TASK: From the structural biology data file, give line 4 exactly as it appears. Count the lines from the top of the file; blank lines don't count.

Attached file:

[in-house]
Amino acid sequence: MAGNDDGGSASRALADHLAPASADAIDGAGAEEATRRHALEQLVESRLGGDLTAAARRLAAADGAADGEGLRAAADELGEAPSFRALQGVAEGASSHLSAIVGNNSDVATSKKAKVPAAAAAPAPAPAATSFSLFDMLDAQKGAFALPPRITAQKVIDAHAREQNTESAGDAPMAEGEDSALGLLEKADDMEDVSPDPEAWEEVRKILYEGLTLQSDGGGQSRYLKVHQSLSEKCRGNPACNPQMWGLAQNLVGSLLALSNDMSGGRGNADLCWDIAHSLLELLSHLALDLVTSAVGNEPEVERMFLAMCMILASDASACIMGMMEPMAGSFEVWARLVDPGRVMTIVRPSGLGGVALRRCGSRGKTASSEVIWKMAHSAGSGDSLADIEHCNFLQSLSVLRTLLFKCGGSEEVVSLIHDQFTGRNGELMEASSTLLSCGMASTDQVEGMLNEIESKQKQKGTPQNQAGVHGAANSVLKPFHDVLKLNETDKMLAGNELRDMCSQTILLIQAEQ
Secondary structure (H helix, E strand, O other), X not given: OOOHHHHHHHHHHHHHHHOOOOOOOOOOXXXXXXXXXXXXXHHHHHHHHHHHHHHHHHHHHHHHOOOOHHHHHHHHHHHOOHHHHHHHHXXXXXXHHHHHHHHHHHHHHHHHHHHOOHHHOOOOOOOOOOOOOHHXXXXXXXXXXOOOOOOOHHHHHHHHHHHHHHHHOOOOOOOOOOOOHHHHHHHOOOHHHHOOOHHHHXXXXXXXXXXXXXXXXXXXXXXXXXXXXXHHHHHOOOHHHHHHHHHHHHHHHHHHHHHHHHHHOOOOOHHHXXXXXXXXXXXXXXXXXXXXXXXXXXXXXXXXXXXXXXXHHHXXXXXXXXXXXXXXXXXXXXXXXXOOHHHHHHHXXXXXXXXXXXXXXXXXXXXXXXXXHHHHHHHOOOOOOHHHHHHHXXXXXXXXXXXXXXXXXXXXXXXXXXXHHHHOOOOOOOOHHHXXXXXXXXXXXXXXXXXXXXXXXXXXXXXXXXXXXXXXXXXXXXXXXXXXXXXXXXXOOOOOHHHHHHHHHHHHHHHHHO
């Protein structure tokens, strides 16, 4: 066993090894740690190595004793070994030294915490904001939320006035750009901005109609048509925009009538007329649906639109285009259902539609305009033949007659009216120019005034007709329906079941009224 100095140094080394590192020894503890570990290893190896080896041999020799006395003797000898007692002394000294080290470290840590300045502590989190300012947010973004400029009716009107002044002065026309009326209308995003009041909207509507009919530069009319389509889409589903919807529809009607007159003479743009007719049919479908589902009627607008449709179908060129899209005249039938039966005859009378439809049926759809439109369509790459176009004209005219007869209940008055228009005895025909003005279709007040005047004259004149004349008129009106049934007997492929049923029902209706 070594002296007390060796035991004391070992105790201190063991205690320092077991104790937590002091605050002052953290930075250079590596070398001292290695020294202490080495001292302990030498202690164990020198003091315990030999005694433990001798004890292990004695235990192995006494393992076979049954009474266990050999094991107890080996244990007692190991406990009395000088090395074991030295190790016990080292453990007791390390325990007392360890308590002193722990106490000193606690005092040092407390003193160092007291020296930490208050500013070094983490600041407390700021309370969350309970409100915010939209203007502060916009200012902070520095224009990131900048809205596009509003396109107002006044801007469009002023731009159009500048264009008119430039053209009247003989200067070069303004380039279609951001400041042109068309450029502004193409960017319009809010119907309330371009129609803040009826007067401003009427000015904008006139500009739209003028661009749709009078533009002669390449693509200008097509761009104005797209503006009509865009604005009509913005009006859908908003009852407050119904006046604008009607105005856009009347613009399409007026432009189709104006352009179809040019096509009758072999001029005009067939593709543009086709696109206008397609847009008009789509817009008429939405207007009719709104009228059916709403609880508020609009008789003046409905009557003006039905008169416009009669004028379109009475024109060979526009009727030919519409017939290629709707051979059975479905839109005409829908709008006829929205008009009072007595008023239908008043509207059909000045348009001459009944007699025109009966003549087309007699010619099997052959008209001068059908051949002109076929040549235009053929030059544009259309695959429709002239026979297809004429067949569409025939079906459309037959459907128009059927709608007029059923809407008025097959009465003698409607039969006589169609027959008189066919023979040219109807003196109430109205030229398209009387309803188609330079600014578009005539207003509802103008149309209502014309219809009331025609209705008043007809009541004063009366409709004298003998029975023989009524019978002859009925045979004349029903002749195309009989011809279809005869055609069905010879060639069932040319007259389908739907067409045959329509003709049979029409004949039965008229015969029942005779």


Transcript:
């Protein structure tokens, strides 16, 4: 066993090894740690190595004793070994030294915490904001939320006035750009901005109609048509925009009538007329649906639109285009259902539609305009033949007659009216120019005034007709329906079941009224 100095140094080394590192020894503890570990290893190896080896041999020799006395003797000898007692002394000294080290470290840590300045502590989190300012947010973004400029009716009107002044002065026309009326209308995003009041909207509507009919530069009319389509889409589903919807529809009607007159003479743009007719049919479908589902009627607008449709179908060129899209005249039938039966005859009378439809049926759809439109369509790459176009004209005219007869209940008055228009005895025909003005279709007040005047004259004149004349008129009106049934007997492929049923029902209706 070594002296007390060796035991004391070992105790201190063991205690320092077991104790937590002091605050002052953290930075250079590596070398001292290695020294202490080495001292302990030498202690164990020198003091315990030999005694433990001798004890292990004695235990192995006494393992076979049954009474266990050999094991107890080996244990007692190991406990009395000088090395074991030295190790016990080292453990007791390390325990007392360890308590002193722990106490000193606690005092040092407390003193160092007291020296930490208050500013070094983490600041407390700021309370969350309970409100915010939209203007502060916009200012902070520095224009990131900048809205596009509003396109107002006044801007469009002023731009159009500048264009008119430039053209009247003989200067070069303004380039279609951001400041042109068309450029502004193409960017319009809010119907309330371009129609803040009826007067401003009427000015904008006139500009739209003028661009749709009078533009002669390449693509200008097509761009104005797209503006009509865009604005009509913005009006859908908003009852407050119904006046604008009607105005856009009347613009399409007026432009189709104006352009179809040019096509009758072999001029005009067939593709543009086709696109206008397609847009008009789509817009008429939405207007009719709104009228059916709403609880508020609009008789003046409905009557003006039905008169416009009669004028379109009475024109060979526009009727030919519409017939290629709707051979059975479905839109005409829908709008006829929205008009009072007595008023239908008043509207059909000045348009001459009944007699025109009966003549087309007699010619099997052959008209001068059908051949002109076929040549235009053929030059544009259309695959429709002239026979297809004429067949569409025939079906459309037959459907128009059927709608007029059923809407008025097959009465003698409607039969006589169609027959008189066919023979040219109807003196109430109205030229398209009387309803188609330079600014578009005539207003509802103008149309209502014309219809009331025609209705008043007809009541004063009366409709004298003998029975023989009524019978002859009925045979004349029903002749195309009989011809279809005869055609069905010879060639069932040319007259389908739907067409045959329509003709049979029409004949039965008229015969029942005779």